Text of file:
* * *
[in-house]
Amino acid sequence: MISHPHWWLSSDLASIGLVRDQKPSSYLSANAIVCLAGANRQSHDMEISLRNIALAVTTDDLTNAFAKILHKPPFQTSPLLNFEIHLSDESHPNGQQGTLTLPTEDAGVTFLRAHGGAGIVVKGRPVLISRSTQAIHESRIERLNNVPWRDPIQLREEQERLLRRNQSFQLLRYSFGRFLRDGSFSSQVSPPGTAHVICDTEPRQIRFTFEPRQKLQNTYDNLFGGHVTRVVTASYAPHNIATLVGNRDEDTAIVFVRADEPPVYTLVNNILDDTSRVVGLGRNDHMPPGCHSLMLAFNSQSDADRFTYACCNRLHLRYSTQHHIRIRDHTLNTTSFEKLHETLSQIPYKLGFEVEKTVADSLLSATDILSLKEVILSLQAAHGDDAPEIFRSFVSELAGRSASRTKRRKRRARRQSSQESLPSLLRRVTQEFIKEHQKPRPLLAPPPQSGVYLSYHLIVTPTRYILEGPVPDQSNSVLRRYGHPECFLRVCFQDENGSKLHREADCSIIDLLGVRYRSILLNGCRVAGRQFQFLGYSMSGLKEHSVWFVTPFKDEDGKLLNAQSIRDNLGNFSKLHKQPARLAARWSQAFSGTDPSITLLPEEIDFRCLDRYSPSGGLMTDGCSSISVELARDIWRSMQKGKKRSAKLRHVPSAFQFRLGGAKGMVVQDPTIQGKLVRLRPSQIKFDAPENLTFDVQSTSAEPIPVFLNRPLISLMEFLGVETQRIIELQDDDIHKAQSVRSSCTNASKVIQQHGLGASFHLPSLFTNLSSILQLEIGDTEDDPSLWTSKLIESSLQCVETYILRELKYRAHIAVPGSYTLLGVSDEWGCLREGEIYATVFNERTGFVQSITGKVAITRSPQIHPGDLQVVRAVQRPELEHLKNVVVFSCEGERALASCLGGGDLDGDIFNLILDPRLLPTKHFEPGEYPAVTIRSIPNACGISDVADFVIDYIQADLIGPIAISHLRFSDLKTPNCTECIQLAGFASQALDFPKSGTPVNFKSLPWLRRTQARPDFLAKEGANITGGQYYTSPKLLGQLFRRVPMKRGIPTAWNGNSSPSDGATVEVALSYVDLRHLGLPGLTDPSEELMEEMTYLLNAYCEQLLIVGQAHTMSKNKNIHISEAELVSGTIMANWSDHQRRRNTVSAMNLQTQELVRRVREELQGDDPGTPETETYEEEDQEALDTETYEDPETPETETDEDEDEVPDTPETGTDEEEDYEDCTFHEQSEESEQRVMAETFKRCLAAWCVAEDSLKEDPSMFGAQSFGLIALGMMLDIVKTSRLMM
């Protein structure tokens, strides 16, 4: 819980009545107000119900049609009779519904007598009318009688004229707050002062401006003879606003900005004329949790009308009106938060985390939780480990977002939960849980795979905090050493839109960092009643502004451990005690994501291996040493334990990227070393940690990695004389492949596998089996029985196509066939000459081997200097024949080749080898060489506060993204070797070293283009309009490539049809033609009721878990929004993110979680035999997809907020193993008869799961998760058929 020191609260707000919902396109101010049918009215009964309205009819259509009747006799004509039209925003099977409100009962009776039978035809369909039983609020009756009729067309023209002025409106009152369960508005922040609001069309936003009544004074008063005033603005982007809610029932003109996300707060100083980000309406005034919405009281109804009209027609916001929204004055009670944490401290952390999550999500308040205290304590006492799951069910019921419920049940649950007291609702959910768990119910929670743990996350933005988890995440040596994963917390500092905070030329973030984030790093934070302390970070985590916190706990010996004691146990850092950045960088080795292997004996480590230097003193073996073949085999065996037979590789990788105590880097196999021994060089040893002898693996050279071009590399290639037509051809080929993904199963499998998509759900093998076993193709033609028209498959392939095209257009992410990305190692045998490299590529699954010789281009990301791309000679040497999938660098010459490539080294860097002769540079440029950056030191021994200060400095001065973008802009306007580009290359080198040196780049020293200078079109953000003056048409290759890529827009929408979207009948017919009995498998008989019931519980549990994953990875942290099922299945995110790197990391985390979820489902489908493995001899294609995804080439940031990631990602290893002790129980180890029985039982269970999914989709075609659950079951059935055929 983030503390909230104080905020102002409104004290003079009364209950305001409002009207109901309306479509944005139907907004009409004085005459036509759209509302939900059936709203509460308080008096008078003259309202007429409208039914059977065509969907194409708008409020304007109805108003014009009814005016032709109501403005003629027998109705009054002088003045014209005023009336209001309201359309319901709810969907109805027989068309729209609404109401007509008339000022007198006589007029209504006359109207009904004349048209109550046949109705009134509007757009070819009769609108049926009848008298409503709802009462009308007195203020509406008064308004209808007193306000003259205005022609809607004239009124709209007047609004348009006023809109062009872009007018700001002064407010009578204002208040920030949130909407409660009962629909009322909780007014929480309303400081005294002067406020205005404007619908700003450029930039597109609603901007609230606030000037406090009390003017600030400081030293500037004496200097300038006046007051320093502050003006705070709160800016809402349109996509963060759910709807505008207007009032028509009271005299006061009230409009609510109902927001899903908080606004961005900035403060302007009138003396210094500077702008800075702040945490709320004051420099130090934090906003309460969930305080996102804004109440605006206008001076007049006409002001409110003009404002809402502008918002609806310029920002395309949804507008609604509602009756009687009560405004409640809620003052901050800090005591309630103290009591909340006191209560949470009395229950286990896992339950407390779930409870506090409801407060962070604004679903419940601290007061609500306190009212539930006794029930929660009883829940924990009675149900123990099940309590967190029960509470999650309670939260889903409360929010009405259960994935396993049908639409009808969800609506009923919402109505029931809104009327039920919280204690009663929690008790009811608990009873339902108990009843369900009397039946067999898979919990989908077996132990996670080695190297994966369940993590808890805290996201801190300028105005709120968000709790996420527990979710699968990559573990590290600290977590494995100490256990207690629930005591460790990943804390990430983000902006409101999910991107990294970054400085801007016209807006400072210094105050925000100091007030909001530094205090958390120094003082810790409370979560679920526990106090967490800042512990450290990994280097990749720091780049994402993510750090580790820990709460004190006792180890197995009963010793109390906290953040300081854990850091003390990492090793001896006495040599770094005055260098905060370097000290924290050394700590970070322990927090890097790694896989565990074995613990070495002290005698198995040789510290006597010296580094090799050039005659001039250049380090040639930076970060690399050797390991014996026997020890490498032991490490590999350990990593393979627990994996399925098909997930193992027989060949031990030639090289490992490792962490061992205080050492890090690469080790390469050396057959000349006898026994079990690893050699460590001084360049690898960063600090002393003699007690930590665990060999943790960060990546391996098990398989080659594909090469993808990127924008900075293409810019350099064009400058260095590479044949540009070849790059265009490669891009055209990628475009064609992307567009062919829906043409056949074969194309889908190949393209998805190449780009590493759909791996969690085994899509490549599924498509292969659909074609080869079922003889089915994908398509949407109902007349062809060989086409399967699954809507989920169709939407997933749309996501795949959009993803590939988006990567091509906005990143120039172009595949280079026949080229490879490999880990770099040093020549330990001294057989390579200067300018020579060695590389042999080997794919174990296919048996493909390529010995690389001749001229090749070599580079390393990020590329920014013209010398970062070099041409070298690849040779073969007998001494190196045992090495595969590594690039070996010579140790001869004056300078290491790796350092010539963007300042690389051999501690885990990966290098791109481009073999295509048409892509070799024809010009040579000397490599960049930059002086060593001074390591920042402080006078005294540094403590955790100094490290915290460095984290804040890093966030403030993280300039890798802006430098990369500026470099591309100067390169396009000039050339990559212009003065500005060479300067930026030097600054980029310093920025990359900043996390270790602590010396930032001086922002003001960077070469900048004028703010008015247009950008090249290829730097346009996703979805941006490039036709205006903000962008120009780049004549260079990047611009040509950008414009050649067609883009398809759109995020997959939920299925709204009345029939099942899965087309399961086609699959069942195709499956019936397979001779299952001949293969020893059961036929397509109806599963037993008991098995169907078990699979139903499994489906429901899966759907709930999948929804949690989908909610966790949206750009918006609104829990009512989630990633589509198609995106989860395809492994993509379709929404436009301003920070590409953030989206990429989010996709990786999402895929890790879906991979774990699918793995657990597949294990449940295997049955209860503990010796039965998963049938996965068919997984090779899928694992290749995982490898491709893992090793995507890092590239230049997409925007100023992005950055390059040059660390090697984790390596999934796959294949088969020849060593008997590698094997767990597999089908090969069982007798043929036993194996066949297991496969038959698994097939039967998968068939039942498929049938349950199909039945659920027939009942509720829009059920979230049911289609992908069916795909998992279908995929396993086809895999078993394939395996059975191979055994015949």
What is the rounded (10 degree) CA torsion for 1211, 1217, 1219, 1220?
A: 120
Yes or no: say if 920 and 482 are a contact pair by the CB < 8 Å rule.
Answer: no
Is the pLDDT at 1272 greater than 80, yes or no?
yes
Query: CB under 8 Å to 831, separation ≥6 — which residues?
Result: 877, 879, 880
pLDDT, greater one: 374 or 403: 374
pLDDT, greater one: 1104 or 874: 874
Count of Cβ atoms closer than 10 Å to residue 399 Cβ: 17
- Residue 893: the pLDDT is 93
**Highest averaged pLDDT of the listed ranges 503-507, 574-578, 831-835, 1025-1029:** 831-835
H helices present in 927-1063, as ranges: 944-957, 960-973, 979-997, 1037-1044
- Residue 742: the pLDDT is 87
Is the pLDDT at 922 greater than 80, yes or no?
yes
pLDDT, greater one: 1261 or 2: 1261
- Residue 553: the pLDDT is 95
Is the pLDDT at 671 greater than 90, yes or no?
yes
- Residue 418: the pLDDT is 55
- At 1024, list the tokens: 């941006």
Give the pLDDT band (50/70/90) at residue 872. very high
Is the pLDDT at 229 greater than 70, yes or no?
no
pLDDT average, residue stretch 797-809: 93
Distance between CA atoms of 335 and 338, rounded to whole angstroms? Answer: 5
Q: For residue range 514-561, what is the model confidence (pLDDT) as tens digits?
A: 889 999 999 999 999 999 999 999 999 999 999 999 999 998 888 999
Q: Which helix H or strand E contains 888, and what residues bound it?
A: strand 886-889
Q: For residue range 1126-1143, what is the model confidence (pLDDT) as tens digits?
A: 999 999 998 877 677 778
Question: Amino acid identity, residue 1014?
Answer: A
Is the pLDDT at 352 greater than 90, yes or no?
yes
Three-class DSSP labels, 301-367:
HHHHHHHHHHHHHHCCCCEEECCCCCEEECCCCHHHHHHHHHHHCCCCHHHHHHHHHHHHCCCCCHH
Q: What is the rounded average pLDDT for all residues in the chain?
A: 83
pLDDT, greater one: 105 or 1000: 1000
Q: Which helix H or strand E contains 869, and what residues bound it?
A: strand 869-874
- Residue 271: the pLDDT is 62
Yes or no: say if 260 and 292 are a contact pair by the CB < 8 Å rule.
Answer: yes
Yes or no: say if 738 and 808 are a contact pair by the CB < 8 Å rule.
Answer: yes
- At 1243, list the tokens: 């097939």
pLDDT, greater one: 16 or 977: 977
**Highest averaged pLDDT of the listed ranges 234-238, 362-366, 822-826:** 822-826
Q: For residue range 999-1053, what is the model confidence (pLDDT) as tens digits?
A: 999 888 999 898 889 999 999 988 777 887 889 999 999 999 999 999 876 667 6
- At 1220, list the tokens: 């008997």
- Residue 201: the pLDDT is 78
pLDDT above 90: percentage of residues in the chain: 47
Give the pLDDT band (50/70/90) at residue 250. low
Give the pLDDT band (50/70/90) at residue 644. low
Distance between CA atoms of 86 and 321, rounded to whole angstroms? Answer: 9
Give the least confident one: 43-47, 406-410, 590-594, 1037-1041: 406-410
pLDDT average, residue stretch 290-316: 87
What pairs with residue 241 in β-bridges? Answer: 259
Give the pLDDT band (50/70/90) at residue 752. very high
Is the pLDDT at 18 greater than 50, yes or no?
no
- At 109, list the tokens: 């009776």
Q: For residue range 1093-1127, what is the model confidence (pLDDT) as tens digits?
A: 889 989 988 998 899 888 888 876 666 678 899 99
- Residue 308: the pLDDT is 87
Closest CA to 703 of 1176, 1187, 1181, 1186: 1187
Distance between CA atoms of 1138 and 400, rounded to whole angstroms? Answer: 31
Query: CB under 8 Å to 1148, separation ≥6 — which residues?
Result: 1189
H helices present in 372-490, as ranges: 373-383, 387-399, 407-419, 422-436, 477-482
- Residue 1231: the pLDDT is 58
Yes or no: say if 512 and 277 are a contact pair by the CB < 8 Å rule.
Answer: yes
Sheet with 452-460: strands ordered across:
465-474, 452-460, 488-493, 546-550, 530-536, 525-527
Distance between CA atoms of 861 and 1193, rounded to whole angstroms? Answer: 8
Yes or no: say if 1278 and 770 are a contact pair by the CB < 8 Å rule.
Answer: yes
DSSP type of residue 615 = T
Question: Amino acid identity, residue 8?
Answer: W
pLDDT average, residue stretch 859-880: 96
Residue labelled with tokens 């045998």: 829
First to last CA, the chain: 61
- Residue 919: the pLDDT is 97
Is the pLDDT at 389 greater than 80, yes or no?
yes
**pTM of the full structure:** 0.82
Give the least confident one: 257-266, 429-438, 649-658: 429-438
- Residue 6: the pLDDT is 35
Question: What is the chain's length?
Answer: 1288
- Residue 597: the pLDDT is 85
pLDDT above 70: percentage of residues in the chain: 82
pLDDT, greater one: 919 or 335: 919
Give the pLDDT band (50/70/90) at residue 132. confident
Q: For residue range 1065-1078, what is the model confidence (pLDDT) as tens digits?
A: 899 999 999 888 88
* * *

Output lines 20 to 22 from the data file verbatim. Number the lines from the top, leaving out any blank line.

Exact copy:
yes
pLDDT, greater one: 1261 or 2: 1261
- Residue 553: the pLDDT is 95